Thursday, July 9, 2009

The "promise" of LED Lighting

The DOE has invested vast amounts of money to support the development of Solid State Lighting (SSL) = Light Emitting Diode (LED) technology. The good news is that the LED is not creating a "pending environmental disaster" as some have said about CFL technology and the "mercury problem". The bad news is that LEDs are coming up far short of delivering on their promise of being the perfect, long term solution to all of our energy efficient lighting needs. In a recent Webinar hosted by LEDs Magazine the following information on the residential usage of LEDs "came to light".

Creating viable (affordable and well performing) residential solutions will be hard work for the LED industry. Why?

  • They have to get to acceptable light quality, - good color rendering and good color temperature
  • They have to provide reasonable brightness with good energy efficiency. Lumens of 50+ lm/w. That means delivered not the claimed lab bench lumens.
  • They will need good light dissipation (not easy for a point light source)
  • They have look nice – not like shower heads
  • They have to do something about the huge amounts of heat sinking required
  • Many will need to work in their worst scenario environment – heat retaining recessed cans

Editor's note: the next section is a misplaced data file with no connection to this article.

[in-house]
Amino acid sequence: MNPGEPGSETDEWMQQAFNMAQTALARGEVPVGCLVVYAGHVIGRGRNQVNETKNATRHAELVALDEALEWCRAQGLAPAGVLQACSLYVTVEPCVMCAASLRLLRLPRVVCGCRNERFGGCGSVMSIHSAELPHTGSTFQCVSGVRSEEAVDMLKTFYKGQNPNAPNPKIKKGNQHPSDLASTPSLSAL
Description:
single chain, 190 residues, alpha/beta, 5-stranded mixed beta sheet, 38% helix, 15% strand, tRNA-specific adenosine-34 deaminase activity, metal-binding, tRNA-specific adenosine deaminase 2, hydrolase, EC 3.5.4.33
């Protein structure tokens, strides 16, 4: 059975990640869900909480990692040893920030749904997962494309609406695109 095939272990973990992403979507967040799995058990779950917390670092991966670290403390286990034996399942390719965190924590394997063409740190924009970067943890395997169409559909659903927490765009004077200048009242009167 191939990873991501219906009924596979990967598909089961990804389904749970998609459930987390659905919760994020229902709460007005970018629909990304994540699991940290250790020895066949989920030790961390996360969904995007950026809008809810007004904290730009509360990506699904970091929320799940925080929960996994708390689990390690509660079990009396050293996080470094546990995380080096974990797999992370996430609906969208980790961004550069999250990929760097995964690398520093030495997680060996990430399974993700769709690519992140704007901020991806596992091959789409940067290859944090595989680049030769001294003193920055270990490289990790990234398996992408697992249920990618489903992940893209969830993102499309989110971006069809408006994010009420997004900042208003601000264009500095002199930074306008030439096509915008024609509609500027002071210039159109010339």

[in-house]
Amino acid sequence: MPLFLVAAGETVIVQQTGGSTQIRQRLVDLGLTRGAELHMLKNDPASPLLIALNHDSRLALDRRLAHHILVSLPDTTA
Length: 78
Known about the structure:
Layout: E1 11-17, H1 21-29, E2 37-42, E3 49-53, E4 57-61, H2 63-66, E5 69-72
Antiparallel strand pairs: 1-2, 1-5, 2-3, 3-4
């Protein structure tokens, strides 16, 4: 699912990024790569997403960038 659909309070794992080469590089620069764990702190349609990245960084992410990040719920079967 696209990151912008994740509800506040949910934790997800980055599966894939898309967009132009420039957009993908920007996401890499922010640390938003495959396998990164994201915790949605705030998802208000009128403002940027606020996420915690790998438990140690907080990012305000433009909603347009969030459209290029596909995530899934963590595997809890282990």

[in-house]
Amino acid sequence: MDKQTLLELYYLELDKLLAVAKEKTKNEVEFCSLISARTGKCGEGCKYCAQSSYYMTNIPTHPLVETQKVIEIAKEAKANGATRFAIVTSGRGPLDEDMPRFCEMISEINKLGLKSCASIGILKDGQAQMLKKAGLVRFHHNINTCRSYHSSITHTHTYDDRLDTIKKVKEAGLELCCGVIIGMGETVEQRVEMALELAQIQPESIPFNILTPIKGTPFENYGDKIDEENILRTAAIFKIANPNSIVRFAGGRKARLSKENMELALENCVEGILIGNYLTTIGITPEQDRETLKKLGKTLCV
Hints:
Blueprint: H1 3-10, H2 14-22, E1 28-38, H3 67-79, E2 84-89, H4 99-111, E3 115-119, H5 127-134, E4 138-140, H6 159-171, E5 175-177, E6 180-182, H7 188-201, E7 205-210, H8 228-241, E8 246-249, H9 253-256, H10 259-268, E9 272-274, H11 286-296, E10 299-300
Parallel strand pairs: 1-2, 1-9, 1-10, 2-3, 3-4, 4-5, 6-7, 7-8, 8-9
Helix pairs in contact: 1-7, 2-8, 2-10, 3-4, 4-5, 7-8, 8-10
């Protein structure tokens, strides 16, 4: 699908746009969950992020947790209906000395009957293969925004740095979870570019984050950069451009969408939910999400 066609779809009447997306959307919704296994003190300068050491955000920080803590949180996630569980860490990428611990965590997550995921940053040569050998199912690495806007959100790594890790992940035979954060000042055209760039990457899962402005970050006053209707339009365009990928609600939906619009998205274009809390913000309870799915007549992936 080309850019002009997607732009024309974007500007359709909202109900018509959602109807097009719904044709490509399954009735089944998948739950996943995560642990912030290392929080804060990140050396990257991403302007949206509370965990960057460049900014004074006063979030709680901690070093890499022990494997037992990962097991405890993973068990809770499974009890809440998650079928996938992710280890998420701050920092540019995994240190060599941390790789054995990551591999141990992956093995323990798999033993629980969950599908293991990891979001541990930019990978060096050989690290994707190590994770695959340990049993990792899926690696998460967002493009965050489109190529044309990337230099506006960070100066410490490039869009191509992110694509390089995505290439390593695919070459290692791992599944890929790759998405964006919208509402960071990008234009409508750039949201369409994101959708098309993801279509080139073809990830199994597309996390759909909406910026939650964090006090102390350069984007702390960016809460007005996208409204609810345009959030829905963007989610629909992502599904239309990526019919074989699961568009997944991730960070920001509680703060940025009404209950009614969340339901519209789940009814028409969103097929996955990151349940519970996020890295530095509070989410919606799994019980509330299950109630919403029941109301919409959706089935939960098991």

• They have to dodge the bad press that is going to occur from cheap, low quality, poorly performing products.
  • Their 10 year Total Cost of Ownership has to be at least as good as CFLs. Today they don’t even come close (they are 3x more costly). A Cree LR6 sells for $100+ a bulb. The GeoBulb sells for $120. The Philips E27 sells for $70. The inexpensive bulbs being sold for $12-15 give a hideous, blinding, blue/white laser type light that is very directional that cannot be dimmed. We call them "Corpse Lights". They give everyone that "morgue glow".
We are always surprised when we see an announcement that a new LED lamp bulb is a "replacement for a 40 watt incandescent". Philips just released their $70 E27 lamp bulb and makes this claim. The IEC 60064 standard for the illumination of a 40W bulb is 450 lumens. The Philips E27 is rated at 155 lumens. Is it accurate to state that a 155 lumen bulb is a 450 lumen bulb "equivalent"?

By the way, we believe that LEDs will be very successful in many applications such as automotive, street lighting, retail and specialty applications. Over time in homes we will see new lighting architectures emerging that will feature surface mounted LED lighting that will be able to function without the heat controlling issues that are most concerning to the LED industry. The LED industry is beginning to admit that they may only be successful in residential lighting if they can convince consumers to move to new LED "fixtures". Retrofitting into the 800 million recessed can fixtures in the U.S. (growing at over 20 million a year) is not going to be a market they will want to aggressively address. We are hoping that Vu1 ESL technology will be complimentary to LED technology. If we can provide an energy efficient soluton to the world of recessed can downlights then LEDs will be able to focus on more LED friendly enviornments.